A group of researchers from Korea and Japan announced they have found a simple way for industrial scale production of two-dimensional graphene film. The neoteric material is more affordable, transparent and durable in comparison with indium tin oxide (ITO), used as a transparent conductor at the moment. Graphene offers immunity to decay effect and incredible lifetime.
The brand-new material represents a carbon layer of only 1 atom in thickness, where carbon atoms form a hexagonal lattice, which reminds of a bee honeycomb. Graphene film was discovered in 2005 by a group of scientists from the University of Manchester; five years since the discovery, it seems that an acceptable way for massive production has finally been found.
It turns out that the graphene can be stabilised using standard roller technology, utilised in the printing of newspapers or magazines. Thus, the hydrocarbon feedstock is precipitated onto a smooth plate made of copper implemented via electroless deposition reaction; the adhesive polymer coating is applied to the surface. Once that is done, a copper substrate is etched and graphene sheets are glued on resealable plastic sheets or other surfaces.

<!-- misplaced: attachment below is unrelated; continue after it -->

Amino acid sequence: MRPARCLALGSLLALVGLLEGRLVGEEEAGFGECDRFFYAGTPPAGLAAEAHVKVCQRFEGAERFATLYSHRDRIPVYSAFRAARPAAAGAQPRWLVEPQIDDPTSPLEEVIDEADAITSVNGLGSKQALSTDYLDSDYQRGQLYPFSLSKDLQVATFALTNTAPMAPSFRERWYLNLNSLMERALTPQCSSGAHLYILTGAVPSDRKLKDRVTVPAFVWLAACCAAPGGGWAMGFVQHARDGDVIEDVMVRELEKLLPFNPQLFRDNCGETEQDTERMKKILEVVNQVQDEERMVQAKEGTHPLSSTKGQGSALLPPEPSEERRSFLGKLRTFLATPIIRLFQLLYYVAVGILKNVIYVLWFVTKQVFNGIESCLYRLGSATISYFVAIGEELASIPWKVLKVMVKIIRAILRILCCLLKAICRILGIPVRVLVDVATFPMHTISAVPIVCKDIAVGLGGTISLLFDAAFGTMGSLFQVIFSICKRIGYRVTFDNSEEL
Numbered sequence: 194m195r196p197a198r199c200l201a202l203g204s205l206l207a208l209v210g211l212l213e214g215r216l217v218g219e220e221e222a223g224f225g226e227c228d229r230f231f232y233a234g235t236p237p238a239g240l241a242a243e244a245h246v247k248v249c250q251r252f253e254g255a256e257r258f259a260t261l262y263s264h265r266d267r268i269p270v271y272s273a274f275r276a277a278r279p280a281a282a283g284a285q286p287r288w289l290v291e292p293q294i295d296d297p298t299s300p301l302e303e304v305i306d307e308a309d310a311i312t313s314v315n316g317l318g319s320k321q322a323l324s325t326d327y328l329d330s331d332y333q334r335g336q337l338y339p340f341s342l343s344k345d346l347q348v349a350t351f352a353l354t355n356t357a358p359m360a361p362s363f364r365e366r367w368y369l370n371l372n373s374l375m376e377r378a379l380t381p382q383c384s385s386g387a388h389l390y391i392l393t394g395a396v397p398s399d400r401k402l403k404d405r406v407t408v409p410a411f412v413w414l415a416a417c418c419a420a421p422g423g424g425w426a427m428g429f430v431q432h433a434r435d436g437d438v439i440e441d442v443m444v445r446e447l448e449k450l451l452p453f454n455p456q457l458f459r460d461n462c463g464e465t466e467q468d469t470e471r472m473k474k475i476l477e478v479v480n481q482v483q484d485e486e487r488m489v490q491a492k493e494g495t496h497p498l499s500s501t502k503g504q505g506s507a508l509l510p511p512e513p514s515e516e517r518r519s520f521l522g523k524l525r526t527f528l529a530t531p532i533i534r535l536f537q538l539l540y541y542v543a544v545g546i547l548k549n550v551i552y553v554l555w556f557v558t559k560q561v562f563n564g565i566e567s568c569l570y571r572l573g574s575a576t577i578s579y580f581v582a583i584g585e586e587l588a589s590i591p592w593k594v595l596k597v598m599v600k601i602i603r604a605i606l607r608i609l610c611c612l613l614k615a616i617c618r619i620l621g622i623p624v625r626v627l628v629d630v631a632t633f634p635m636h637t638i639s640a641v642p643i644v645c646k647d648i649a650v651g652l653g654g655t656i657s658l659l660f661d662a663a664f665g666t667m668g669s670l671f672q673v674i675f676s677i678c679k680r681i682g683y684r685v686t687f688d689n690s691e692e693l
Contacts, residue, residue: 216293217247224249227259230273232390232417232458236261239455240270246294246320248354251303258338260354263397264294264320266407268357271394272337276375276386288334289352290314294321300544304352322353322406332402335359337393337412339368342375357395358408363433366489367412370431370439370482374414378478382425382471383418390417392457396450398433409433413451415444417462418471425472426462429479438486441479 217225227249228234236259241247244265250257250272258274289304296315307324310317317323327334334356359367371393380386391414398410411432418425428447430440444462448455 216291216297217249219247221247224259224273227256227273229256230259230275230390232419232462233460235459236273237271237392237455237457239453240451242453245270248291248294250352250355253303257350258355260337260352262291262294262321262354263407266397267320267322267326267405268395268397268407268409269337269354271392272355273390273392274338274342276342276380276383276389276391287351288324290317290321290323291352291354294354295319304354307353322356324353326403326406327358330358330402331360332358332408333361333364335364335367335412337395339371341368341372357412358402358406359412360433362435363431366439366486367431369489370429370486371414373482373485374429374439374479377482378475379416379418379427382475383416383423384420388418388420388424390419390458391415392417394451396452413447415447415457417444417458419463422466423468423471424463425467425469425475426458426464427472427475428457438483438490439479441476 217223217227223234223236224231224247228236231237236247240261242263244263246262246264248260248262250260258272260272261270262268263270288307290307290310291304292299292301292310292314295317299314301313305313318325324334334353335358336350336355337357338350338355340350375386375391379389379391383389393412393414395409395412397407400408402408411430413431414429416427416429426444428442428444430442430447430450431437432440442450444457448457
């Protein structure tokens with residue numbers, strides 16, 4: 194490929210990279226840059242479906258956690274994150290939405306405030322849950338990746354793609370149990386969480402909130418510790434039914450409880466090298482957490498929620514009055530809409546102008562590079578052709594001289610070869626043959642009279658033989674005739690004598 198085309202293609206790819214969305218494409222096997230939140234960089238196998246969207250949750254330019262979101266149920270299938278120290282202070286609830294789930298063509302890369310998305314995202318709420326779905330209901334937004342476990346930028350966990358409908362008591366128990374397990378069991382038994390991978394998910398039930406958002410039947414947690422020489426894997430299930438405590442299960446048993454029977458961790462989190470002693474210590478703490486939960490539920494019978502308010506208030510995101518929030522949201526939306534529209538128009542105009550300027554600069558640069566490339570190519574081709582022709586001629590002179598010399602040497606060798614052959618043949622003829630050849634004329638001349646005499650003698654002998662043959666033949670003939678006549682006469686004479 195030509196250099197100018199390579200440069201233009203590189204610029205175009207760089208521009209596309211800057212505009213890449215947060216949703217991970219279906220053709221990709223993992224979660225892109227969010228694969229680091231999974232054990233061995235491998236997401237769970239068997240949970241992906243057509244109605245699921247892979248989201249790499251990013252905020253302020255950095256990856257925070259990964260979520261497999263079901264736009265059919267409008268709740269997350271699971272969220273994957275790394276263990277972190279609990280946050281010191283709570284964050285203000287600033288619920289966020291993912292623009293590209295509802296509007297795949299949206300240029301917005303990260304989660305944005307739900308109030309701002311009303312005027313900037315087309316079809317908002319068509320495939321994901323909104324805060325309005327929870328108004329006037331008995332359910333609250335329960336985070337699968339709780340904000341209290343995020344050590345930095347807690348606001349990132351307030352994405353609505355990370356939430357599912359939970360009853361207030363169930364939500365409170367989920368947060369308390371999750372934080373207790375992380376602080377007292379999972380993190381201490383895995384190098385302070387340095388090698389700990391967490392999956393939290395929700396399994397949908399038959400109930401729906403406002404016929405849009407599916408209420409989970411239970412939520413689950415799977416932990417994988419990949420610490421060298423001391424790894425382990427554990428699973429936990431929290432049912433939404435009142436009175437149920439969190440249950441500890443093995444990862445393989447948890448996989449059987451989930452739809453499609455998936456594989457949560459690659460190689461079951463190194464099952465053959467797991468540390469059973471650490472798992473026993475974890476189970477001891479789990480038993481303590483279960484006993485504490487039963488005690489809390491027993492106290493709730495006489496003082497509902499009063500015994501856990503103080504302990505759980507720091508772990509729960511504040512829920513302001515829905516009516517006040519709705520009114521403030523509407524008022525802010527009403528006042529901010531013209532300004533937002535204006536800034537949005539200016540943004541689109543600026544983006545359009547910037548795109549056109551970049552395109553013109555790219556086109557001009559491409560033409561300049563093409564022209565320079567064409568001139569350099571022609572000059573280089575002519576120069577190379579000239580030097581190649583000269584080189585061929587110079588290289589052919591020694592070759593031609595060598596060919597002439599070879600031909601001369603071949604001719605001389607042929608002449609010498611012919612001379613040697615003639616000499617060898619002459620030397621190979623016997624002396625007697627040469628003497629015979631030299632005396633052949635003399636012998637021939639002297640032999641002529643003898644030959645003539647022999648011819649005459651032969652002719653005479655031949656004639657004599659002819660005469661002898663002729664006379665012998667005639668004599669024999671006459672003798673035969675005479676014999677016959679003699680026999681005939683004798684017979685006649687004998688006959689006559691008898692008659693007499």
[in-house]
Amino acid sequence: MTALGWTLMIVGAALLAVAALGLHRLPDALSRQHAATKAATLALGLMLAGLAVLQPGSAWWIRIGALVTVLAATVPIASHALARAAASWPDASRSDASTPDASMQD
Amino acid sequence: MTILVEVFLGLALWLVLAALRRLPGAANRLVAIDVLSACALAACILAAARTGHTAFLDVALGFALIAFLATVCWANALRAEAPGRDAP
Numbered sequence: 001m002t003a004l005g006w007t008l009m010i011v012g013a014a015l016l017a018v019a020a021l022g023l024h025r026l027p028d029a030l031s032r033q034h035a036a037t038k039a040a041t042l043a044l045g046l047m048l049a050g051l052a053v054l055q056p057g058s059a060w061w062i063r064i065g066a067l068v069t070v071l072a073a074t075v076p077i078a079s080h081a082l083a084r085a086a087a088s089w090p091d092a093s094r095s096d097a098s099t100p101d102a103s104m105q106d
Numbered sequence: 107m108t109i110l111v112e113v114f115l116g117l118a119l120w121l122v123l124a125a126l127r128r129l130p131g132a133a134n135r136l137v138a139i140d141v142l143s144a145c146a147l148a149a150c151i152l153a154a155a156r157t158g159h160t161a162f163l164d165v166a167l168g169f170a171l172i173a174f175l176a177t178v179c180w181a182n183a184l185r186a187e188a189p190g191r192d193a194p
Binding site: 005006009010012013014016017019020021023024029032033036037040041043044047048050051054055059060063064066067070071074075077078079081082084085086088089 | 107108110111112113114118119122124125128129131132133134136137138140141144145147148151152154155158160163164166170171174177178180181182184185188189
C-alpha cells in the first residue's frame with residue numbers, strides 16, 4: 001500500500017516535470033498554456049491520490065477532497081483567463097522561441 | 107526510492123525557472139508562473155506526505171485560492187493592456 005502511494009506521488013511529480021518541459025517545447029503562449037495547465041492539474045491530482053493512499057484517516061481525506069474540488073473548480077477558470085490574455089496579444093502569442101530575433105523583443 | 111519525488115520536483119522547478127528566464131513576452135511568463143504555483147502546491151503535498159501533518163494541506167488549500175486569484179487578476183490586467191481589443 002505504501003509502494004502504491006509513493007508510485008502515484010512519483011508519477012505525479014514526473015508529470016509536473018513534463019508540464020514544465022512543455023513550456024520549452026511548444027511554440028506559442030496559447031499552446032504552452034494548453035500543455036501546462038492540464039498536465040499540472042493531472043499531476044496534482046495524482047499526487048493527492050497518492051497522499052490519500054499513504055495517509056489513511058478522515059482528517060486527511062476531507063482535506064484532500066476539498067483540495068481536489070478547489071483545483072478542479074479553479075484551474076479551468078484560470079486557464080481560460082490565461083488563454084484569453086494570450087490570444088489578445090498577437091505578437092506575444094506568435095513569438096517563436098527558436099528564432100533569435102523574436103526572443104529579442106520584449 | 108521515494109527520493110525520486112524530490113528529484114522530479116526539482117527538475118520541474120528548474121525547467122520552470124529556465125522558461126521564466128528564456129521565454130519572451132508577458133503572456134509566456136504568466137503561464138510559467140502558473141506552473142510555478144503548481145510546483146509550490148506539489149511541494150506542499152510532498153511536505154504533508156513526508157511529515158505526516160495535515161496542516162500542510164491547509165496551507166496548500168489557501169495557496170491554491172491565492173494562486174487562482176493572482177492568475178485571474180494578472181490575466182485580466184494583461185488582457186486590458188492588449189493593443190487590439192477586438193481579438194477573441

During the experiment, a group of scientists has managed to create a rectangular sheet with a diagonal of 76 cm. The method also allows applying multiple layers of graphene to get a plastic sheet coated with the material, which can be cut into any size for touchscreen production. According to experts, the commercial production of graphene-based devices may be launched in the next 5-7 years.
However, it is believed touchscreen technology is only the beginning: when graphene is shaped into a cylinder form a nanotube can be produced. Therefore, if the manufacturers find a good method for the industrial production of nanotubes, a breakthrough in electronics production can be achieved, guaranteed by 10 nm transistors, operating at phenomenal frequency.